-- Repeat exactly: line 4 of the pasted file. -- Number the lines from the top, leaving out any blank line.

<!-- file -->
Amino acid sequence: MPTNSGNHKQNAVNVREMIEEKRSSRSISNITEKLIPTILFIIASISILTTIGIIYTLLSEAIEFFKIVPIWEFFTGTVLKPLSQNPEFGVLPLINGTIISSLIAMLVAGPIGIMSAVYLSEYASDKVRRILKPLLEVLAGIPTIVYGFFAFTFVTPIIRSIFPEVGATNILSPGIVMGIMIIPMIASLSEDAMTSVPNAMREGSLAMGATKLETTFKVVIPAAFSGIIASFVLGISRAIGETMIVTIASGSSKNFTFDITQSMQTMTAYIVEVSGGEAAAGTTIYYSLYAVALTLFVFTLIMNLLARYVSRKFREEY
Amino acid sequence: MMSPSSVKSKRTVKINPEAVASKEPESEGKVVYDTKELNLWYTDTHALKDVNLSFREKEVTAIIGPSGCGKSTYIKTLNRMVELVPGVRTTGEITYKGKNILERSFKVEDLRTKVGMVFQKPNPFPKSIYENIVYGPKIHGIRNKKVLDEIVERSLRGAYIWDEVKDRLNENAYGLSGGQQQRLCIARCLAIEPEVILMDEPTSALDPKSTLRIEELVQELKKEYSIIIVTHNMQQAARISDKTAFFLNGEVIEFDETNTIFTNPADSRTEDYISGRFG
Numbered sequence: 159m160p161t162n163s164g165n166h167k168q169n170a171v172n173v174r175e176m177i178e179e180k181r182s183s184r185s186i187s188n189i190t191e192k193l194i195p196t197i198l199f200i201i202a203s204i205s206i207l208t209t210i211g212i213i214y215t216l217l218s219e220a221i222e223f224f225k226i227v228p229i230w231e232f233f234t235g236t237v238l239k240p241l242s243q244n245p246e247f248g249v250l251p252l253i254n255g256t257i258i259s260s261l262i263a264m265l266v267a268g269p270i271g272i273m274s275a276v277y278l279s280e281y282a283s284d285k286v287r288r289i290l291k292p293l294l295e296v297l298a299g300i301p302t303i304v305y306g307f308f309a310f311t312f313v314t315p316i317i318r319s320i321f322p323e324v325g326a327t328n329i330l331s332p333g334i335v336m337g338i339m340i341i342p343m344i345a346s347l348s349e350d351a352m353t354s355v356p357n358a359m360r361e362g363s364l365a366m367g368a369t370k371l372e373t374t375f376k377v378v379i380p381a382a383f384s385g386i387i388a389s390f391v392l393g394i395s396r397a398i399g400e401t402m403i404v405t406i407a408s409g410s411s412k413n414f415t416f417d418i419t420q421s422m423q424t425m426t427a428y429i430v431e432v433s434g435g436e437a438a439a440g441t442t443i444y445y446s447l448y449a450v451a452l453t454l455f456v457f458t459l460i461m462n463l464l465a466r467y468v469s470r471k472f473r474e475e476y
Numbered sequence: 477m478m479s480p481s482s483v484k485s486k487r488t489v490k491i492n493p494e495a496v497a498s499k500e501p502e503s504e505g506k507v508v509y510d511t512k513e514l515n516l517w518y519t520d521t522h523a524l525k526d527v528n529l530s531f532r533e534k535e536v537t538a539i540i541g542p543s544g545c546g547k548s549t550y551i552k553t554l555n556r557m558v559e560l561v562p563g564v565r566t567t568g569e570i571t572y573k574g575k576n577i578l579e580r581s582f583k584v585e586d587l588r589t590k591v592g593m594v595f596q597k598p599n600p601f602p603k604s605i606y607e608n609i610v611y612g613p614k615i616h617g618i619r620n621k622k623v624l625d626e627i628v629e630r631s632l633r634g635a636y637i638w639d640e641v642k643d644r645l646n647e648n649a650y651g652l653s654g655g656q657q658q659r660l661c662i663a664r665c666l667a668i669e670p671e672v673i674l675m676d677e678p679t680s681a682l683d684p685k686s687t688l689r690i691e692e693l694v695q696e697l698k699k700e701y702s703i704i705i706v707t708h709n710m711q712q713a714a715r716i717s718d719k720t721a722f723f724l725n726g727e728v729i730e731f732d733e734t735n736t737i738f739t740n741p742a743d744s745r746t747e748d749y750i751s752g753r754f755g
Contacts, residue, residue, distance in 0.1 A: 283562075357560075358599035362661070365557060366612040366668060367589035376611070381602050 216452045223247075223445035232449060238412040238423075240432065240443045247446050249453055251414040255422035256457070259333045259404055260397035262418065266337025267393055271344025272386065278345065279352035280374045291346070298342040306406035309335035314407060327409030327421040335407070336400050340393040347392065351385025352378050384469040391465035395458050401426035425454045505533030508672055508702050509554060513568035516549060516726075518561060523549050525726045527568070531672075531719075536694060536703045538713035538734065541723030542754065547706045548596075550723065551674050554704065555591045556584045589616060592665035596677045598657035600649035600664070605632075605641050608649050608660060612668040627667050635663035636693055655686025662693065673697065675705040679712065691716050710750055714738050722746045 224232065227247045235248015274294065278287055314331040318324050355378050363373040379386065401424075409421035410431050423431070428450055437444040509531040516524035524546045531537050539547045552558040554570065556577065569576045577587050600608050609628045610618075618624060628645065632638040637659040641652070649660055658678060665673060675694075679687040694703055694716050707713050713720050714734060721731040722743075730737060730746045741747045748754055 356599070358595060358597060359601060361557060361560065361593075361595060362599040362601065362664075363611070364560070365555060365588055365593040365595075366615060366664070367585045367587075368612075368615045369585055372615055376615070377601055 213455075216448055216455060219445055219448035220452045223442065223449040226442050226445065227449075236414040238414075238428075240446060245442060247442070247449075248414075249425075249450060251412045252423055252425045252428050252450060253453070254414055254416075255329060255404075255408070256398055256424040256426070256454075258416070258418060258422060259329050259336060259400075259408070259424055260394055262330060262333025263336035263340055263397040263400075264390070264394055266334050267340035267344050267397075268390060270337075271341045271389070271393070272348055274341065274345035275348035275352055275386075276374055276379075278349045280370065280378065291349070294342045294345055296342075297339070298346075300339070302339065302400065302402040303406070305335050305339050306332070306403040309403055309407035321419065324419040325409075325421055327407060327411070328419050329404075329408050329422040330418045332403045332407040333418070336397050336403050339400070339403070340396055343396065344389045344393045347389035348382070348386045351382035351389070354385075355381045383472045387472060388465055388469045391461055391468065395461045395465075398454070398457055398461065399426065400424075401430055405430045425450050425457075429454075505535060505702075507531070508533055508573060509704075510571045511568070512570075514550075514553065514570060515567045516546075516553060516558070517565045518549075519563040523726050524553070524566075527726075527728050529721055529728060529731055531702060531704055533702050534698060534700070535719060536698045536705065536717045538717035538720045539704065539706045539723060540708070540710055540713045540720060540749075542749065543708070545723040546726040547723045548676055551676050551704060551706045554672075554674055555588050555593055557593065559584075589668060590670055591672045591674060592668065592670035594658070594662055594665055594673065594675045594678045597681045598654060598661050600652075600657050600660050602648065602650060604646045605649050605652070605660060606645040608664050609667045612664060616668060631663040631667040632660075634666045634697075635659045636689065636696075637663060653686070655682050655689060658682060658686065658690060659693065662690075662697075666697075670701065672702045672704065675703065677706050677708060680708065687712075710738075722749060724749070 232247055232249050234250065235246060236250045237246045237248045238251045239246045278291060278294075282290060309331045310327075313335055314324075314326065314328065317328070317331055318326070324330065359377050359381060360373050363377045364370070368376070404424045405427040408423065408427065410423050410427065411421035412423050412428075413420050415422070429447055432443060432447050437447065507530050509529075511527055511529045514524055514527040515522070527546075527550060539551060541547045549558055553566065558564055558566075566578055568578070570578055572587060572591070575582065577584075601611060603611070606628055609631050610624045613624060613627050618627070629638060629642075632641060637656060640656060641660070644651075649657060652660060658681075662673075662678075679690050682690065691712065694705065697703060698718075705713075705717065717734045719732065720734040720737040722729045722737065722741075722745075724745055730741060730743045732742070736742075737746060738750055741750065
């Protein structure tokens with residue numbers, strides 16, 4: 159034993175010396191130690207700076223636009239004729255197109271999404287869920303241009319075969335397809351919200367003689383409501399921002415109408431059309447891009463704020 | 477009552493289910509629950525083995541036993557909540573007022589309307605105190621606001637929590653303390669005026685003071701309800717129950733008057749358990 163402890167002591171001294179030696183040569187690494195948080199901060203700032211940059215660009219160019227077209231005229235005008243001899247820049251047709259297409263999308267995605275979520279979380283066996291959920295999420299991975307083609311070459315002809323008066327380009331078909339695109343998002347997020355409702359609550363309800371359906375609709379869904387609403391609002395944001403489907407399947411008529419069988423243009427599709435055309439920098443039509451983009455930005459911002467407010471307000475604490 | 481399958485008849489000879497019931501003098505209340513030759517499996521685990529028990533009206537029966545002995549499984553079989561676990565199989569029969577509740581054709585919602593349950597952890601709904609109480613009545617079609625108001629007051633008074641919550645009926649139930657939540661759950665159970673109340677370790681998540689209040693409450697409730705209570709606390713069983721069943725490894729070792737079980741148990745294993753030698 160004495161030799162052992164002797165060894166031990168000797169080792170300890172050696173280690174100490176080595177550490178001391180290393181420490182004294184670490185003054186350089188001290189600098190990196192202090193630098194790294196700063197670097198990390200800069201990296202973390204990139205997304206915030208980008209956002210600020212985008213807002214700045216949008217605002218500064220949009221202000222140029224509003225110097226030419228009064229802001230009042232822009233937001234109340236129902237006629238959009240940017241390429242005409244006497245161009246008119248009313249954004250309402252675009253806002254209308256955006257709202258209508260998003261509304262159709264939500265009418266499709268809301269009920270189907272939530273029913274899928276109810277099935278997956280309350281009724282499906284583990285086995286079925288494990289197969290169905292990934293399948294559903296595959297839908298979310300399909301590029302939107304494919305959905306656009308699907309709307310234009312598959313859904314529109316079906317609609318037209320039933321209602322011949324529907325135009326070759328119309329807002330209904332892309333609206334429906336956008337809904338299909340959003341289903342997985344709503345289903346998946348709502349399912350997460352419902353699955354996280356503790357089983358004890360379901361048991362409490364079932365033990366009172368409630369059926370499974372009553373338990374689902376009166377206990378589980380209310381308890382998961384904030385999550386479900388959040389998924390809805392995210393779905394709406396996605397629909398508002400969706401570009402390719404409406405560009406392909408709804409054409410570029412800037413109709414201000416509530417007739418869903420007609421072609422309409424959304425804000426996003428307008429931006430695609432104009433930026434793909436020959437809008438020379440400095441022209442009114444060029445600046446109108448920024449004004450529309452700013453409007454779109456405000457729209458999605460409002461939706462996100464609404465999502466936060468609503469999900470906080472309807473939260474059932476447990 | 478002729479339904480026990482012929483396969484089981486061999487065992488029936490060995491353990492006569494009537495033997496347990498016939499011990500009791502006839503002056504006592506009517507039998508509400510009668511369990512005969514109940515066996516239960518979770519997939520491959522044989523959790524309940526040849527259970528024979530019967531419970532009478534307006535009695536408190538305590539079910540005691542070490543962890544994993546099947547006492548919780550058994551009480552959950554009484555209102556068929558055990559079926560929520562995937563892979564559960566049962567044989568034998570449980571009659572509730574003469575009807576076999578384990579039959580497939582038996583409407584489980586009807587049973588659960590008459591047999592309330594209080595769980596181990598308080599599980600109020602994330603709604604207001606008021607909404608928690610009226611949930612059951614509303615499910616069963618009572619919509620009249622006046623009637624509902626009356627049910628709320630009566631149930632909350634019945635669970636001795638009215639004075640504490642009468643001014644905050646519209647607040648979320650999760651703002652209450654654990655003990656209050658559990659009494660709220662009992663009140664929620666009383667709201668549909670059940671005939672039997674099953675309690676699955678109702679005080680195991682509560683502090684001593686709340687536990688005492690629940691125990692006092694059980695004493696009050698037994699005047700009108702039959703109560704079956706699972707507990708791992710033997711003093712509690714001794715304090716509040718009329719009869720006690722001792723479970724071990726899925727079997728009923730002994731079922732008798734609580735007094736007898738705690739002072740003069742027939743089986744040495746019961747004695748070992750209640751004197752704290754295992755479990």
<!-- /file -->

Numbered sequence: 477m478m479s480p481s482s483v484k485s486k487r488t489v490k491i492n493p494e495a496v497a498s499k500e501p502e503s504e505g506k507v508v509y510d511t512k513e514l515n516l517w518y519t520d521t522h523a524l525k526d527v528n529l530s531f532r533e534k535e536v537t538a539i540i541g542p543s544g545c546g547k548s549t550y551i552k553t554l555n556r557m558v559e560l561v562p563g564v565r566t567t568g569e570i571t572y573k574g575k576n577i578l579e580r581s582f583k584v585e586d587l588r589t590k591v592g593m594v595f596q597k598p599n600p601f602p603k604s605i606y607e608n609i610v611y612g613p614k615i616h617g618i619r620n621k622k623v624l625d626e627i628v629e630r631s632l633r634g635a636y637i638w639d640e641v642k643d644r645l646n647e648n649a650y651g652l653s654g655g656q657q658q659r660l661c662i663a664r665c666l667a668i669e670p671e672v673i674l675m676d677e678p679t680s681a682l683d684p685k686s687t688l689r690i691e692e693l694v695q696e697l698k699k700e701y702s703i704i705i706v707t708h709n710m711q712q713a714a715r716i717s718d719k720t721a722f723f724l725n726g727e728v729i730e731f732d733e734t735n736t737i738f739t740n741p742a743d744s745r746t747e748d749y750i751s752g753r754f755g